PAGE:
Submitted to: Journal of Chemical Ecology
Publication Type: Peer Reviewed Journal
Publication Acceptance Date: January 18, 2013
Publication Date: February 9, 2013
Repository URL: http://handle.nal.usda.gov/10113/57980
Citation: Gealy, D.R., Duke, S.E., Moldenhauer, K. 2013. Root distribution and potential interactions between allelopathic rice, sprangletop (Leptochloa spp.), and barnyardgrass (Echinochloa crus-galli) based on 13C isotope discrimination analysis. Journal of Chemical Ecology. 39:186-203. Interpretive Summary: Cultivars which carry traits that enable them to suppress weeds could improve the economical management and sustainability of rice production. Interactions between roots of rice and weeds are thought to be modulated by the weed-suppressive activity of some rice cultivars, but these phenomena are difficult to measure and not well understood. Above-ground crop-weed interactions and root distribution of PI 312777 and Taichung Native 1 (TN-1) (rice cultivars known to release weed-suppressive “allelochemicals” from roots), breeding selections, and non-suppressive commercial cultivars, and two weed species (sprangletop and barnyardgrass), were evaluated in field plots at Stuttgart, Arkansas. The allelopathic cultivars and other weed-suppressive cultivars produced more tillers and suppressed both weed species to a greater extent than other cultivars. Stable carbon isotope analysis of intermixed roots showed that the allelopathic cultivars produced more root weight near the soil surface compared to the non-suppressive cultivars, and barnyardgrass reduced rice yield and root mass more than did sprangletop. Our results demonstrated that roots of allelopathic cultivars such as PI 312777 and TN-1 grew more aggressively near the soil surface in the presence or absence of weeds as compared to non-suppressive cultivars. Rice plant types exhibiting similar root distribution and chemical exudation traits in combination with high tillering and yield might prove useful for improvement of natural weed suppression and management in organic rice or other reduced-input systems.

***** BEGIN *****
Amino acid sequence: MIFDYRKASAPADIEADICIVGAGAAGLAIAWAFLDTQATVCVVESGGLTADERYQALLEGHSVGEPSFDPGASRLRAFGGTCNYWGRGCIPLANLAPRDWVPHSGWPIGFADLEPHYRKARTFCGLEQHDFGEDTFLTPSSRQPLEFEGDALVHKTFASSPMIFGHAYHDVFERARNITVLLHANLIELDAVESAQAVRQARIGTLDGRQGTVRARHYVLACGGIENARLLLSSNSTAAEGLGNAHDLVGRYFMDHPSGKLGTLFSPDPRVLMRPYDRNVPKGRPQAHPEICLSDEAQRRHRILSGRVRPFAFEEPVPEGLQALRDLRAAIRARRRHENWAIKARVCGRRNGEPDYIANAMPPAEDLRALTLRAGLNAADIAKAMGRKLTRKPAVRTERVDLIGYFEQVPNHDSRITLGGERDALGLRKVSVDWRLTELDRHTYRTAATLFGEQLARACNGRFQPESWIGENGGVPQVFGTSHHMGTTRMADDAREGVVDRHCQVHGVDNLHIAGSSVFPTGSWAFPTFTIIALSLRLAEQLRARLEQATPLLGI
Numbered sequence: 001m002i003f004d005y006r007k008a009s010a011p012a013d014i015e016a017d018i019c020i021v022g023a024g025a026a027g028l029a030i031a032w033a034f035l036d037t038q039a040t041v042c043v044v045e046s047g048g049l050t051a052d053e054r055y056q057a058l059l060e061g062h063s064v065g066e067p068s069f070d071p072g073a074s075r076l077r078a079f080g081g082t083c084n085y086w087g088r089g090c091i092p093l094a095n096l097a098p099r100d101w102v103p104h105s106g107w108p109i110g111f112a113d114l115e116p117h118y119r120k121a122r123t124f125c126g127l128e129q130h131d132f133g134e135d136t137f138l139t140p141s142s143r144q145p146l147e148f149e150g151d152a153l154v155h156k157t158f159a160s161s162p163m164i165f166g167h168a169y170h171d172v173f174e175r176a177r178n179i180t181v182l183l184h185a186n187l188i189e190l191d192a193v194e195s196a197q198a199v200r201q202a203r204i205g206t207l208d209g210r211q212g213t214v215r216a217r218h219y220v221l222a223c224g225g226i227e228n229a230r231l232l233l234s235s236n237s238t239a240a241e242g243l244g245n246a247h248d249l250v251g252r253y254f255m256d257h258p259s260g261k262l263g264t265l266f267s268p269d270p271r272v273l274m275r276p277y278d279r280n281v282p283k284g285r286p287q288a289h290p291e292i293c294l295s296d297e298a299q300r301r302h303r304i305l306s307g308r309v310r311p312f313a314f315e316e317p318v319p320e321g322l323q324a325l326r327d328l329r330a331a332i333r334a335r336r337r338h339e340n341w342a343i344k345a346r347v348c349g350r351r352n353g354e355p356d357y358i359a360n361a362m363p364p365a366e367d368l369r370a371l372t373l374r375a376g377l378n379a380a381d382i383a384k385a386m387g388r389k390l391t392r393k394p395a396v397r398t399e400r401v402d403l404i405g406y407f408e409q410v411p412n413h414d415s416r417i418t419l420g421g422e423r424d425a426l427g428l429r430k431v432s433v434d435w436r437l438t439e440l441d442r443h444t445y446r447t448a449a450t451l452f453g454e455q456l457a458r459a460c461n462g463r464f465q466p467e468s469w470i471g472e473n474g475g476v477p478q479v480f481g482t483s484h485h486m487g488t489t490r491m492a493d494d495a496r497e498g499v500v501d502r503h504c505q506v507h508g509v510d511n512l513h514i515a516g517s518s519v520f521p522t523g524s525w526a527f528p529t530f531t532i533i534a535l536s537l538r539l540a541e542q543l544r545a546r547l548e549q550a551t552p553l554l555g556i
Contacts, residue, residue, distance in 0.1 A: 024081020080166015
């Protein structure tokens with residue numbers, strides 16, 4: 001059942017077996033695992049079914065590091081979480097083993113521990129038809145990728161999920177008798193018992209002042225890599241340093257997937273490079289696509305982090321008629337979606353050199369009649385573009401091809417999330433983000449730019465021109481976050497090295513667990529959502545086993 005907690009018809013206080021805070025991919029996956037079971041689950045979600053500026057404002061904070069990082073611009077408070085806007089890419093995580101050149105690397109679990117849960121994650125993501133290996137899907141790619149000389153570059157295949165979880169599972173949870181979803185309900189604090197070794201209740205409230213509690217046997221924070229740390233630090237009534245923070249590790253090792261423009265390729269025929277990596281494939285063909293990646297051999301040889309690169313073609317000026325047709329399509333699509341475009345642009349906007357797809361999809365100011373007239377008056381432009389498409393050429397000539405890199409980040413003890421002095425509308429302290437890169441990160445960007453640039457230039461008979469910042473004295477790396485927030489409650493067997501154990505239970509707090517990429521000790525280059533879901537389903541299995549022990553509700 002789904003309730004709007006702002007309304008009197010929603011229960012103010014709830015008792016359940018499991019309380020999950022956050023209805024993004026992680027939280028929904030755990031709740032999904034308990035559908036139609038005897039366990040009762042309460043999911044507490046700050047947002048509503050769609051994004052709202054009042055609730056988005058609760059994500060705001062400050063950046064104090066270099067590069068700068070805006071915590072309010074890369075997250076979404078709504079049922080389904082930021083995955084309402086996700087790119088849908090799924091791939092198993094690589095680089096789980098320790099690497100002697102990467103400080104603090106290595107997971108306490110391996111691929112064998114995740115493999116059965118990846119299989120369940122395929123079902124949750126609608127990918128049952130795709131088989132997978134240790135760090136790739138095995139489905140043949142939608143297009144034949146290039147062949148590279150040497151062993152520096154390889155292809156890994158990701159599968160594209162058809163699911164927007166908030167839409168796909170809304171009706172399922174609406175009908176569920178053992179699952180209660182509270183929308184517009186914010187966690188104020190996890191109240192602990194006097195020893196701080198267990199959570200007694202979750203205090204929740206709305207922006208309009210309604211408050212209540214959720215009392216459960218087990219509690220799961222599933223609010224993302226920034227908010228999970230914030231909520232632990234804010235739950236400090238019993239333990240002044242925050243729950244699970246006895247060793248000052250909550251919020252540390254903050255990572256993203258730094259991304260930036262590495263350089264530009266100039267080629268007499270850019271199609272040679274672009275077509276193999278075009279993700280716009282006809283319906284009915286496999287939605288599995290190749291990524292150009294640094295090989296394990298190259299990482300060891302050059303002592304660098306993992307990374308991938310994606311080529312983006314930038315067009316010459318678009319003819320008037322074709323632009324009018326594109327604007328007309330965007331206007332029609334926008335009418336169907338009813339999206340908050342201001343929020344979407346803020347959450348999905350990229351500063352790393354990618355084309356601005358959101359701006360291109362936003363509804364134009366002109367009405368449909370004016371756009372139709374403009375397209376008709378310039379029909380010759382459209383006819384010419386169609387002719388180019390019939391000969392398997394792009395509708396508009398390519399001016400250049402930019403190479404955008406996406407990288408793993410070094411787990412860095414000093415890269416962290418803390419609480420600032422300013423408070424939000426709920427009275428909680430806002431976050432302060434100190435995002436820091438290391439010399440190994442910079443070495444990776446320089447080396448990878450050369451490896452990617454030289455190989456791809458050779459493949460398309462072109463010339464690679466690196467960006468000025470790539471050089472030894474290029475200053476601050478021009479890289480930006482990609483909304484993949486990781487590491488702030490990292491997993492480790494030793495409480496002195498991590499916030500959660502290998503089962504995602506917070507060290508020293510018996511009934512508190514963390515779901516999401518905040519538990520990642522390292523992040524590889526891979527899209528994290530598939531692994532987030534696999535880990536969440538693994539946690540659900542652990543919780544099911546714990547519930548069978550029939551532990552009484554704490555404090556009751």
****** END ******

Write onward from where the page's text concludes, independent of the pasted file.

Technical Abstract: Weed-suppressive rice cultivars hold promise for improved and more economical weed management in rice. Interactions between roots of rice and weeds are thought to be modulated by the weed-suppressive activity of some rice cultivars, but these phenomena are difficult to measure and not well understood. Thus, above-ground productivity, weed suppression, and root distribution of 11 rice cultivars and two weed species were evaluated in a drill-seeded, flood-irrigated system at Stuttgart, Arkansas, USA in a two-year study. The allelopathic culitvars, PI 312777 and Taichung Native 1 (TN-1), three other weed-suppressive cultivars, three indica-derived breeding selections, and three non-suppressive commercial cultivars were evaluated in field plots infested with barnyardgrass (Echinochloa crus-galli (L.) Beauv.) or bearded sprangletop (sprangletop, Leptochloa fusca (L.) Kunth var. fascicularis (Lam.) N. Snow). The allelopathic cultivars produced more tillers and suppressed both weed species to a greater extent than did the breeding selections or the non-suppressive cultivars. 13C isotope discrimination analysis of mixed root samples to a depth of 15 cm revealed that the allelopathic cultivars typically produced a greater fraction of their total root mass in the surface 0-5 cm of soil depth compared to the breeding selections or the non-suppressive cultivars, which tended to distribute their roots more evenly throughout the soil profile. These trends in root mass distribution were apparent at both early (pre-flood) and late-season stages in weed-free and weed-infested plots. Cultivar productivity and root distribution generally responded similarly to competition with the two weed species, but barnyardgrass reduced rice yield and root mass more than did sprangletop. These findings have demonstrated for the first time that roots of the allelopathic cultivars PI 312777 and TN-1 explore the upper soil profile more thoroughly than do non-suppressive cultivars under weed-infested and weed-free conditions in flood-irrigated U.S. rice production systems. They raise the interesting prospect that root proliferation near the soil surface might enhance the weed-suppressive activity of allelochemical exudates released from roots. Plant architectural design for weed suppressive activity should take these traits into consideration along with other proven agronomic traits such as high tillering and yield.